Wellness Department - Healthy Cooking Demonstration
On Thursday, March 16th a healthy cooking demonstration was conducted by our very own Keith Peffers, Director of Food Services in LSF 144. The menu for this cooking demonstration included: poached tilapia with a pineapple salsa and sauteed chicken with raspberry sauce. This cooking demonstration was designed to show how easy it is to prepare a heart healthy dish in very little time and with very little equipment. Participants were given the opportunity to taste samples of the dishes after the demonstration. More of these types of cooking demonstrations are in the works for the future.
- Native to Israel/Northern Africa. Also known as St. Peter’s fish.
- First fish to be farmed by man. Egyptians began raising tilapia in lakes and ponds 2,500 years ago. Drawings of tilapia farming have been found on Egyptian tombs dating back to 2,500 BC.
- Aquaculture/Farming--Raised in both outdoor and indoor ponds, therefore, they are not able to escape into rivers to compete with other fish. Tilapia feed on algae and plankton which helps to keep their water clean. They are abundant and easily grown. One pair can produce up to 100,000 fish in 6 months. They are 50 times cheaper to produce than beef. They are disease resistant, reproduce easily, and do not require antibiotics because they are naturally used to close quarters. Tilapia are warm water fish, ideally, between 76-84 degrees F.
Nutrition—High in protein, low in sodium, low in fat. Contains Omega-3 fatty acids, antioxidants, B complex vitamins and minerals, including calcium, iron, potassium and phosphorous. Extremely low mercury levels due to its short life span and the fact that it doesn’t eat other fish that may contain mercury. A 4 oz fillet contains 90 mg of Omega-3 fatty acids and 21 grams of protein. Tilapia is a lean, white, flaky fish.
- Omega-3 fatty acids—Linolenic (omega-3) acids can be found in fish, canola oil, wheat germ, flax seeds, soybeans, walnuts, and animals that live on grass and leaves. Omega-3 fatty acids have been shown to produce higher energy levels, decrease arthritic stiffness, lower blood presser, reduce blood clots, reduce abnormal heart beating (arrhythmia), and maintain skin and coat—deficiencies can show a dry dull coat, hair loss, greasy skin and increased susceptibility to skin inflammation.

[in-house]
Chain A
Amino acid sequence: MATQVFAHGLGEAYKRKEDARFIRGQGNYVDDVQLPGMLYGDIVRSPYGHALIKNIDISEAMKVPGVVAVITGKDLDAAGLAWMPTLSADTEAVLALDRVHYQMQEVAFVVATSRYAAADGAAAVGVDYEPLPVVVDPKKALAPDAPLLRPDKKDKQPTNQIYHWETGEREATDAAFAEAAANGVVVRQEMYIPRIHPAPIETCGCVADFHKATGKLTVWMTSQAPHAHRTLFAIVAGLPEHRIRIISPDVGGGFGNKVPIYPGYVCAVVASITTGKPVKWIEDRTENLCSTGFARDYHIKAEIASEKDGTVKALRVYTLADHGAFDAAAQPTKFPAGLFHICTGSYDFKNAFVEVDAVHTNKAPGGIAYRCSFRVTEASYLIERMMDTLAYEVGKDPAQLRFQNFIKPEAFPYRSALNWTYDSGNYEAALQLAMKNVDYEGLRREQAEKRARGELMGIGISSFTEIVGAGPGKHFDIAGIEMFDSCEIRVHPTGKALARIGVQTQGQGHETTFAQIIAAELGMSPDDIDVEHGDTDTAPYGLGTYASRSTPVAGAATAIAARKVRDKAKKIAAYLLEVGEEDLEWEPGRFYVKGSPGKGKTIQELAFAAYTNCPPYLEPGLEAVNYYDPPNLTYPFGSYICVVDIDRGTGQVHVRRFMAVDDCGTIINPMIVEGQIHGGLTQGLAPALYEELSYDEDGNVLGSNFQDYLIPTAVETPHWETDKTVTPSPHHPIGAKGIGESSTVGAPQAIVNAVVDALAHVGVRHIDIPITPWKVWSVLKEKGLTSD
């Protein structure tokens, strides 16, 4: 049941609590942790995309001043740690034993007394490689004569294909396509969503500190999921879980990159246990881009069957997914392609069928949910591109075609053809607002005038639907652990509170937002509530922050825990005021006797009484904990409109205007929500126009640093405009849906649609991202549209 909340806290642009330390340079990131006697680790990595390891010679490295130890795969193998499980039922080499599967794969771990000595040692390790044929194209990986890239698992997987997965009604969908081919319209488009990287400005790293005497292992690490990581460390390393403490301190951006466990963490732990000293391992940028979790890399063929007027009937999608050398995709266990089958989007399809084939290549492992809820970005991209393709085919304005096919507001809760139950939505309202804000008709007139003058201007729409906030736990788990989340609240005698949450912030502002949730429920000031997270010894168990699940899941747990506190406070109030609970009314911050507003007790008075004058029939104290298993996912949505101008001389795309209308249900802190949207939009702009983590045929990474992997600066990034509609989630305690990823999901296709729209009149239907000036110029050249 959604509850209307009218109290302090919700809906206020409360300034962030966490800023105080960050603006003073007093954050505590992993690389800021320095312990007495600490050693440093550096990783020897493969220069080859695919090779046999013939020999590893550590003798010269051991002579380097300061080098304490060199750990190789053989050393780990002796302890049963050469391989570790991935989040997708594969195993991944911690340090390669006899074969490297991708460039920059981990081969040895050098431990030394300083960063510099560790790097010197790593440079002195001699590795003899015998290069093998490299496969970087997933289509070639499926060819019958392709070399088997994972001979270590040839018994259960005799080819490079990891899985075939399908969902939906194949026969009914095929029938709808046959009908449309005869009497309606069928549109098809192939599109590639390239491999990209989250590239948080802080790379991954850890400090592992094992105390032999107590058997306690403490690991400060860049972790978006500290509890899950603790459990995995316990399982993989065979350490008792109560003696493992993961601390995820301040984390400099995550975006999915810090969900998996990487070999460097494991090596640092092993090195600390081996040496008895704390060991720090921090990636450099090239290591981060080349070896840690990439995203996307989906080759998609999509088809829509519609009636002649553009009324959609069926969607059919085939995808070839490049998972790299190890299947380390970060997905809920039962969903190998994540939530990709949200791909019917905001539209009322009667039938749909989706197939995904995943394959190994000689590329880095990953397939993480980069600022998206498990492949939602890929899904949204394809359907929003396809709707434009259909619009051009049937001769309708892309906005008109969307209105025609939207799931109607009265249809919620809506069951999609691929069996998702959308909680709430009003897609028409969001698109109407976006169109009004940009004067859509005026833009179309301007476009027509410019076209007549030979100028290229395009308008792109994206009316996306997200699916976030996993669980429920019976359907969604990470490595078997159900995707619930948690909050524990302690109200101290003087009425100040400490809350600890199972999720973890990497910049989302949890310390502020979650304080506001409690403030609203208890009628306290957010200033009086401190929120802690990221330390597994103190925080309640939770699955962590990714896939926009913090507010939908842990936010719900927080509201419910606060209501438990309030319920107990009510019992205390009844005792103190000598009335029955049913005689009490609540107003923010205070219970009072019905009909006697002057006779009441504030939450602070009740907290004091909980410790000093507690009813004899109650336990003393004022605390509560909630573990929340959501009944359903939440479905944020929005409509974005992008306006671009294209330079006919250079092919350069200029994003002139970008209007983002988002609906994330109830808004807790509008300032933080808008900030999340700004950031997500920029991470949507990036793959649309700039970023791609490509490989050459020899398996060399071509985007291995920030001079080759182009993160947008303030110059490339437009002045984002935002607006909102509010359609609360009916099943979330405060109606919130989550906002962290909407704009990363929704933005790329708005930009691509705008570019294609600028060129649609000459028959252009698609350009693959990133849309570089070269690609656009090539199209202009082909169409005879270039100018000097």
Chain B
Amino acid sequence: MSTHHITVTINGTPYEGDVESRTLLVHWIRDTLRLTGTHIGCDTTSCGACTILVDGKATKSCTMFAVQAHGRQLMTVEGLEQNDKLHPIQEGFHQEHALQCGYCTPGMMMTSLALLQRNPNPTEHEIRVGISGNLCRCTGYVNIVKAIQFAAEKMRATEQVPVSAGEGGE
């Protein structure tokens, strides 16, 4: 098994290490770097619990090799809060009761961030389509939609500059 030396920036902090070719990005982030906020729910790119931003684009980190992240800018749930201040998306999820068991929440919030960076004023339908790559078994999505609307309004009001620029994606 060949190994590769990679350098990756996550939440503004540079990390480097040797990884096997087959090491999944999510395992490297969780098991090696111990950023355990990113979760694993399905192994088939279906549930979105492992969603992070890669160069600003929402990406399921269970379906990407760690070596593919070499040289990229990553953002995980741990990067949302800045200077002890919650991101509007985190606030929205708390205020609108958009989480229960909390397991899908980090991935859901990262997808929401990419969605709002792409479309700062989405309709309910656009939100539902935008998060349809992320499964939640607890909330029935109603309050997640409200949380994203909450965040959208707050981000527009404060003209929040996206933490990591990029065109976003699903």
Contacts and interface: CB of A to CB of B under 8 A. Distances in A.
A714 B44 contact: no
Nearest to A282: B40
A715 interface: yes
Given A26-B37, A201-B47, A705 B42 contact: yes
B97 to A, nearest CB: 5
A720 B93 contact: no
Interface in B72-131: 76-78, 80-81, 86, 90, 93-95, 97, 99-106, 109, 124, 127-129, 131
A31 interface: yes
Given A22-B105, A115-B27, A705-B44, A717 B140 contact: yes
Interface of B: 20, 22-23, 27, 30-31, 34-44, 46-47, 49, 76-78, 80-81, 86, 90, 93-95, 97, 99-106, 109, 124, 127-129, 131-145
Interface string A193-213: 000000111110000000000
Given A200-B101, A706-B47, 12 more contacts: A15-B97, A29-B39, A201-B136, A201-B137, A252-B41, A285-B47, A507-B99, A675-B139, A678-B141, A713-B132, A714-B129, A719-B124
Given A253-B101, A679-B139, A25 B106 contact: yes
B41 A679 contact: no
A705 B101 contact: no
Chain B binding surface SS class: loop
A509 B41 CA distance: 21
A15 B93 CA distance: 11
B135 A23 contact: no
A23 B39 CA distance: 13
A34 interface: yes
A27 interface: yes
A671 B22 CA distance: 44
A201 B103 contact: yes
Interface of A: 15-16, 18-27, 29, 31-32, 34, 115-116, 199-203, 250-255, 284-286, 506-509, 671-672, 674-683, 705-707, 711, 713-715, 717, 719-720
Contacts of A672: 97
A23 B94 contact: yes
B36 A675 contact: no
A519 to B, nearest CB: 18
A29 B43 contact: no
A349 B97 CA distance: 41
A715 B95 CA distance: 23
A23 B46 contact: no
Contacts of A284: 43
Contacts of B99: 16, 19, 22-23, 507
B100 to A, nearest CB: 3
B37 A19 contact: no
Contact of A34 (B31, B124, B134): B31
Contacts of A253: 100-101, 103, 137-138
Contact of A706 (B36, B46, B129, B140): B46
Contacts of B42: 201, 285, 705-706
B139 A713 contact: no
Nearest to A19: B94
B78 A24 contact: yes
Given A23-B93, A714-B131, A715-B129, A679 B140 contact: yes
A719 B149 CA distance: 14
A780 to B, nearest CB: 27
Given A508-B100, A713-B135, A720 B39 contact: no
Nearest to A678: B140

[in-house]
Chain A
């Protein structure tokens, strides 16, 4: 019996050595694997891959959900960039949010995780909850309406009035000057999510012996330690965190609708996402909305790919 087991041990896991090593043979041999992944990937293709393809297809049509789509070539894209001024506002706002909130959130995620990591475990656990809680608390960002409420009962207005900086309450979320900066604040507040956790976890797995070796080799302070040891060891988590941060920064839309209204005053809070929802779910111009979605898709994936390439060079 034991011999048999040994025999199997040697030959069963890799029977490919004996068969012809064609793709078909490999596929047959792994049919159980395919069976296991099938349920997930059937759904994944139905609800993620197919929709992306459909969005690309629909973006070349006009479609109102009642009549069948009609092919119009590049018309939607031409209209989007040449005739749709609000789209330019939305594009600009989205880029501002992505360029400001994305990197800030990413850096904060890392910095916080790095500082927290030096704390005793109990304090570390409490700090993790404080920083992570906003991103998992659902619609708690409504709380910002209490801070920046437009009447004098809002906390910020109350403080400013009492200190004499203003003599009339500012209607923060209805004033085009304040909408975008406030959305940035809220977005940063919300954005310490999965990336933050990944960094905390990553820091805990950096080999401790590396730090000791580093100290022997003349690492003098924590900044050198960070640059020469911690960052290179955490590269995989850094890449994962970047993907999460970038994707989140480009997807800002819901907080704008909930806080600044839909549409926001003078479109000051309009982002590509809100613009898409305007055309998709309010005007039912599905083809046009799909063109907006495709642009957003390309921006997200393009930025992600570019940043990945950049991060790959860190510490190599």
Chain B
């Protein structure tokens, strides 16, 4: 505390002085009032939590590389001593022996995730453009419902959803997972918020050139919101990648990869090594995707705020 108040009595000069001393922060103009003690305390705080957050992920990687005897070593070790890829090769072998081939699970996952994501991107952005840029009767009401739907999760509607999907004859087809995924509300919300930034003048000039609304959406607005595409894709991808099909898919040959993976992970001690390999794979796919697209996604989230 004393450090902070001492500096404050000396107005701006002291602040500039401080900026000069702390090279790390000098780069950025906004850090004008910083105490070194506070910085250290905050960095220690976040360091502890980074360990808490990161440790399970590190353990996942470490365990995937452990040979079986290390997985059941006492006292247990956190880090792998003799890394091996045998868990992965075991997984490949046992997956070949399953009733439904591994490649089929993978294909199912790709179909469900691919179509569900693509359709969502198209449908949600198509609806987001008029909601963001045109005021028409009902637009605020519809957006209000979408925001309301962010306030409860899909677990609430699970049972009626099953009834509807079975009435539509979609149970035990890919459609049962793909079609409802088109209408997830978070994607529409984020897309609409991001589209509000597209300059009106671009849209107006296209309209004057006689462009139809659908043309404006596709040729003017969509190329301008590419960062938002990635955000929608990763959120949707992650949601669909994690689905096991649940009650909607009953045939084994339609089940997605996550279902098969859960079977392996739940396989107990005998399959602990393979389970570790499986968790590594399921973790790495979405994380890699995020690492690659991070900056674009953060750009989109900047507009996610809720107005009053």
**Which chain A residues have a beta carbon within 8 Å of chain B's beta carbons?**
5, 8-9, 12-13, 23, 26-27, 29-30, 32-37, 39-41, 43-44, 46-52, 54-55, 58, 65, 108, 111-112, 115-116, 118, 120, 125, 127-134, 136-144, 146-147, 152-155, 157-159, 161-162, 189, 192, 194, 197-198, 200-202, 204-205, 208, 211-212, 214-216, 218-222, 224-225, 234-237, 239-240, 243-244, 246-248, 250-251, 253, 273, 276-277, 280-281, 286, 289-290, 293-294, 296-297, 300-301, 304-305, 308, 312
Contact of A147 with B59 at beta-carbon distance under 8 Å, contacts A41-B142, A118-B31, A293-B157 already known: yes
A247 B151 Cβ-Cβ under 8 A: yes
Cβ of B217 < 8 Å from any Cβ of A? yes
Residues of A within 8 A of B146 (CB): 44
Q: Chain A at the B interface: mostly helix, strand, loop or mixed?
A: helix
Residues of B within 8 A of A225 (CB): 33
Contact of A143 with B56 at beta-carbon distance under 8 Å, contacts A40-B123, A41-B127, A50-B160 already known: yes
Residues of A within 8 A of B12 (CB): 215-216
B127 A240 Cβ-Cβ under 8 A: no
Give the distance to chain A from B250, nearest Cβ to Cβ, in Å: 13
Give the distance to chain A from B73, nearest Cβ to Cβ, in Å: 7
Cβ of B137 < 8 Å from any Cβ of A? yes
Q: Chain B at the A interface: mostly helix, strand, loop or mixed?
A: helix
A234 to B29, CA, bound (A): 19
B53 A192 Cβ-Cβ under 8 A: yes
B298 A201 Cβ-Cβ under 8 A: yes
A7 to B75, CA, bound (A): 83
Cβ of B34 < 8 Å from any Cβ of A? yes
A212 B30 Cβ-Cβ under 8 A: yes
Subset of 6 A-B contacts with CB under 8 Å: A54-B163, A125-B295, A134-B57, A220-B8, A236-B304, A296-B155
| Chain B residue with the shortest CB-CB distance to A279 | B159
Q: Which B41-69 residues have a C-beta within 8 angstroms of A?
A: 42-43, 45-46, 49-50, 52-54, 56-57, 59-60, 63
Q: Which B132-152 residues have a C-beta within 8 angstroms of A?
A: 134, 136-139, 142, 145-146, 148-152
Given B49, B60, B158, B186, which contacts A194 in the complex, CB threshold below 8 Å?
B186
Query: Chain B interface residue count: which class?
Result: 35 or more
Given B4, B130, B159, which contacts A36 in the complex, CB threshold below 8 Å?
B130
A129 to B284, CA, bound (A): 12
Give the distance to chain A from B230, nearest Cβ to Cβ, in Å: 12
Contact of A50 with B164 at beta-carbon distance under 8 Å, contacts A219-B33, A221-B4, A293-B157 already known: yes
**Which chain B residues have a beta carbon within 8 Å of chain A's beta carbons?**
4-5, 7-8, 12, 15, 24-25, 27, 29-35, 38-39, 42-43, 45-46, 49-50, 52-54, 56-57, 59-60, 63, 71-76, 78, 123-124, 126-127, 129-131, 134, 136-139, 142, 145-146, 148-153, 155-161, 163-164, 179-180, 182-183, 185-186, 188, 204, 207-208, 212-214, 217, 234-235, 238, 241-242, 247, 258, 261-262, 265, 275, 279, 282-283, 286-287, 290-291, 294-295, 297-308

Poached Tilapia with Pineapple Salsa
4 Tilapia filets
1 Fresh pineapple
1/2 Green pepper
1/2 Red bell pepper
1 T Chopped cilantro
1 t Fresh lime juice
Prepare the salsa by removing rind and core of pineapple, cut into 1/2 inch cubes, add diced green pepper and red pepper, cilantro and lime juice, set aside. In a saute pan, add water and juice from lemon until it just covers the fish. Bring water to a simmer, do not boil. Add tilapia filets and cook for approximately 8 minutes, or until the fish flakes when lightly touched. Remove fish and top with salsa, serve immediately.
Chicken w/ Raspberry Sauce
Recipe via Meal-Master (tm) v8.03
Title: CHICKEN WITH RASPBERRY SAUCE
Yield: 4 Servings
1 c Fresh or frozen Raspberries
1 ts Finely shredded orange peel
1/2 c Orange juice
1/2 ts Chicken bouillon granules
1/8 ts Ground nutmeg
1/8 ts White or black pepper
2 ts Cornstarch
1 tb Cold Water
4 x medium (12 oz total) boned skinless Chicken Breast halves
Thaw raspberries if frozen; set aside. In a large skillet combine orange peel, orange juice, bouillon granules, nutmeg, and pepper. Bring to boiling; reduce heat. Add chicken. Cover and simmer 15 minutes or till chicken is tender and no longer pink; turn chicken after 10 minutes. Remove chicken from skillet; keep warm. Stir together cornstarch and water; add to skillet. Cook and stir till thickened and bubbly. Cook and stir 2 minutes more. Gently stir in raspberries; heat through. Pour over chicken. Per serving: 177 calories, 27 g protein, 8 g carbohydrates, 3 g fat, 73 mg cholesterol, 110 mg sodium, 328 mg potassium.